The sun started to go down. A few more places on each side of the road, a rail line, I guess I saw a bit of Turkmenistan to the left. Houses and the like – seemed like suburbs. Lovely sunset all the dust certainly helps! Moon through the dust, couldn’t see a heck of a lot of clouds. Just after 7:00 PM we got into Urgench, huge buildings – a real city, almost out of nowhere. The road got worse 45 minutes before crazy overtaking returned.
So this stretch was pretty uneventful in many ways apart from seemingly excessive stops for petrol, unless the tank had limited capacity which I don’t think it, with a lot of desert either side of the road. Literally drove for a hundred miles at one point with nothing to see, no little shop, petrol station or anything. In my mind I would try to work out just how long it was going to take and guestimate my final ETA.
As the journey continued, and Urgench got closer, we went under a rail overpass and saw a long goods train rattling along. I look at my map and realised to my left I must have been looking at Turkmenistan as the road was that close to the border. Once we hit the outskirts of Urgench, still a way from the centre, the roads got worse and the driver got impatient, overtaking at every opportunity. Dust was everywhere, but Urgench really felt like an old Soviet town until we got into the main part of it, and suddenly large buildings everywhere. We dropped off the other passengers, the driver had to drop off some boxes too – share taxis often transport goods for people as well, people who are not actually in the taxi, and then we were on our way on the final stretch of the day (well, night had fallen..) to Khiva.
And the Diary Again…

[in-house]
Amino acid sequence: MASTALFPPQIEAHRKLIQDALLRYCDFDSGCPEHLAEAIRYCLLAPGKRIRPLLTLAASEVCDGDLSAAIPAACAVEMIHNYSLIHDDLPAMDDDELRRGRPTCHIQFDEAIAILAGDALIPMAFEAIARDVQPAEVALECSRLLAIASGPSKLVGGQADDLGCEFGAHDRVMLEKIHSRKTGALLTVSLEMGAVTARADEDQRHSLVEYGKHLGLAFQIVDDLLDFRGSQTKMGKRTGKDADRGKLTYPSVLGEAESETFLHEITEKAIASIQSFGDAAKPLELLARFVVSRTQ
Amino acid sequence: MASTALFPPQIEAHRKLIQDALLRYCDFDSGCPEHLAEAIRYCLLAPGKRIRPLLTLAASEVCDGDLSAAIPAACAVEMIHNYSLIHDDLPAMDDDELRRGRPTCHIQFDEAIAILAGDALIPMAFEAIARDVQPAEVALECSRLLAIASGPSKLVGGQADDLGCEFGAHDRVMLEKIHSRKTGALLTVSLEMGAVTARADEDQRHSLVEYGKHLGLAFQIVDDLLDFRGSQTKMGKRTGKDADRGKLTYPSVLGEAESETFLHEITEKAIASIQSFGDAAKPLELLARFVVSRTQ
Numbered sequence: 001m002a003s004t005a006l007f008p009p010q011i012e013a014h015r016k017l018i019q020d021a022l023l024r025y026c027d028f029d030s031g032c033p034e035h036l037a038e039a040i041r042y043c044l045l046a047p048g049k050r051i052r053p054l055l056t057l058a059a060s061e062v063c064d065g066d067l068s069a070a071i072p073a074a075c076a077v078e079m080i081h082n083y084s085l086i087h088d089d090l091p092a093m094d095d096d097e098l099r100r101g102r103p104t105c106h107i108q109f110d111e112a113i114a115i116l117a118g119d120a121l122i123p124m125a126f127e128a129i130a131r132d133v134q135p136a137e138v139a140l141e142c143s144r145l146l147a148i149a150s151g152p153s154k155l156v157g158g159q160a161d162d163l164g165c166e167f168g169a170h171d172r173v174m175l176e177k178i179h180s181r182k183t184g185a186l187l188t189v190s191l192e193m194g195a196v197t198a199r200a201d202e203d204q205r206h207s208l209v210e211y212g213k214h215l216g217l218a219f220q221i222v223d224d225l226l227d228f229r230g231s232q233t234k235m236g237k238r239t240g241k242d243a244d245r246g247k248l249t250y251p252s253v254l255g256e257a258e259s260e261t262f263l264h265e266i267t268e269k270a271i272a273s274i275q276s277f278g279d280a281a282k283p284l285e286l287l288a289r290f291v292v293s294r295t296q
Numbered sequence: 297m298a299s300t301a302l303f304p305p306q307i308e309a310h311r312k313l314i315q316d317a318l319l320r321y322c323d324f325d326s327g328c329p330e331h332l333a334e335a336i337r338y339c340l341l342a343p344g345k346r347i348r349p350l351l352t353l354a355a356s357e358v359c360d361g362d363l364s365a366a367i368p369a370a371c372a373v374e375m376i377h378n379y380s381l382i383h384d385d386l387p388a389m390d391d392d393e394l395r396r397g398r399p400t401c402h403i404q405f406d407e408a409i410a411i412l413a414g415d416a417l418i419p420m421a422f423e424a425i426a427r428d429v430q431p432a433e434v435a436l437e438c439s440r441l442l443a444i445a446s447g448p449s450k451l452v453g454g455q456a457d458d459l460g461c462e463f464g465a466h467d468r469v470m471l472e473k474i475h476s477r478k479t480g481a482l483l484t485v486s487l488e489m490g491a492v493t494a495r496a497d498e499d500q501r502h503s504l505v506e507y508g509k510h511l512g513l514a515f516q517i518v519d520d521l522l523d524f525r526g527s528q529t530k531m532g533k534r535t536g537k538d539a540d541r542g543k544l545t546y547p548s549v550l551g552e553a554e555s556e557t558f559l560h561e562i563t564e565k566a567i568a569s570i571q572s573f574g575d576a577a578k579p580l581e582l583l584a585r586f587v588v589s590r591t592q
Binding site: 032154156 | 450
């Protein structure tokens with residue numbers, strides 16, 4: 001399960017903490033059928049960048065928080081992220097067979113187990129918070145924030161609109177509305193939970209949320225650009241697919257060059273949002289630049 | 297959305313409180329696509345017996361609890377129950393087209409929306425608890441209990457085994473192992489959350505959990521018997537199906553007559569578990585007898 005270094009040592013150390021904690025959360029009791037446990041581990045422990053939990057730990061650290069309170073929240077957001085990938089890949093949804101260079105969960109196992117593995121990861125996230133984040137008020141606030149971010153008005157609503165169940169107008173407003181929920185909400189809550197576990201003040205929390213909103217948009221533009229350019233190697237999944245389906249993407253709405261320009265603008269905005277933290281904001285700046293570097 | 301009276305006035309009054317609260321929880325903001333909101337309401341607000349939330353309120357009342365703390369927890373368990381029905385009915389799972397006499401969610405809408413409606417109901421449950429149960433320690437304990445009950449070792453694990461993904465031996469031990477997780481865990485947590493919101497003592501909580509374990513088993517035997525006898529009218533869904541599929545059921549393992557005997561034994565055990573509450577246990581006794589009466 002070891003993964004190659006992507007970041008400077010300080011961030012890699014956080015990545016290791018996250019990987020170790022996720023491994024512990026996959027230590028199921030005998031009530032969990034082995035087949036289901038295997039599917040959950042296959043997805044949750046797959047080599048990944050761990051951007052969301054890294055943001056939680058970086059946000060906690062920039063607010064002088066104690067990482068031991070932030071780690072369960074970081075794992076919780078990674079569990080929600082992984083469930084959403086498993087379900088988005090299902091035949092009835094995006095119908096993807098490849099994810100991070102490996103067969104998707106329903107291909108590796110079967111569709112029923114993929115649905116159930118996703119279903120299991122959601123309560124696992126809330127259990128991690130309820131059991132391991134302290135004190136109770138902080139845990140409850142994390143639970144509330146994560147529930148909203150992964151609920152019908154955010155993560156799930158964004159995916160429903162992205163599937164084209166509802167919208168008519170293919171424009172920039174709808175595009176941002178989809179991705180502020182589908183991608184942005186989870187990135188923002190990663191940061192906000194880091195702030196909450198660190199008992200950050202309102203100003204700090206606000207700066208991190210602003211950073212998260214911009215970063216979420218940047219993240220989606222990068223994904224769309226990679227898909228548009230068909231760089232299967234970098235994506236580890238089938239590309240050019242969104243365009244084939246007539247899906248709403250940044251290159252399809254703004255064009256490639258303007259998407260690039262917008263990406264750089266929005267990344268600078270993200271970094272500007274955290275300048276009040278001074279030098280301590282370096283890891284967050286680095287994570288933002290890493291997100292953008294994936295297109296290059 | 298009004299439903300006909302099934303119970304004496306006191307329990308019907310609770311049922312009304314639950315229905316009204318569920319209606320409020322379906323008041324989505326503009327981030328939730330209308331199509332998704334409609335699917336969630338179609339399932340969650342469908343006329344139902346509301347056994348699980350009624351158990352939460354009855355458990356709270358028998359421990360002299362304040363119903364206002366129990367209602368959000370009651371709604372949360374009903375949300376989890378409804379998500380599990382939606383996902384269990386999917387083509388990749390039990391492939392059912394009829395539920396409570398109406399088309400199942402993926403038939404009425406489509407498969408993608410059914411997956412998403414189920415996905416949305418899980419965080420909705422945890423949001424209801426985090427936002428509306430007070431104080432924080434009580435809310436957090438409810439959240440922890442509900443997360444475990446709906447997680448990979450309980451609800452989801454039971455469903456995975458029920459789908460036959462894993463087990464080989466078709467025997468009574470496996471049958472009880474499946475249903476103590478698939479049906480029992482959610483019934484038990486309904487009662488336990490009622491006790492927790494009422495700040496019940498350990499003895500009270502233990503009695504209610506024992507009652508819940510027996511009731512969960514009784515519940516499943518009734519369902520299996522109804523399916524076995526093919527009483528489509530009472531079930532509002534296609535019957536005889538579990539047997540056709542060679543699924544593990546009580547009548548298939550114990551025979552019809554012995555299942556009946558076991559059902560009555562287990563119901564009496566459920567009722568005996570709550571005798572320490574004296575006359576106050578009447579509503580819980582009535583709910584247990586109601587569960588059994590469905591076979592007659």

The road to Khiva from Urgench though was really good and well-lit and I think had trolleybus wires the whole way. I was dropped off just outside the West Gate at around 8:00 PM. The city – the Walled Old City beautifully lit and it looks amazing at night. I found the Arkanchi hotel easily and it’s got a very nice with a bathtub I plan to use as soon as I get back!
I am here at the Terrasaa cafe and I had Gosht Gumma which was friggin’ delicious. It was described in the menu as fried meat dumplings but it was more like a flat pasty with meat. OK I have caught up and I’m rather cooked – back to the Arkanchi will go for now goodnight!
And that’s how the day ended! It had been nearly 12 hours. I remember pulling up in front of a lit Old Town and having to walk through it to find my hotel, the Arkanchi Hotel, which was pretty comfortable. I had only snacked through the day so I was pretty hungry and threw my bags down and went to the first restaurant I could find! My review on the Terrassa Café is with my review of food in Samarkand and Khiva here – Tasting Uzbekistan – Samarkand and Khiva.
You can see the journey through the camera in the above video! It was pretty epic and I was very happy to be able to relax at the end of. Thanks for taking this journey – virtually – with me today! Take care, and naturally, May the Journey Never End!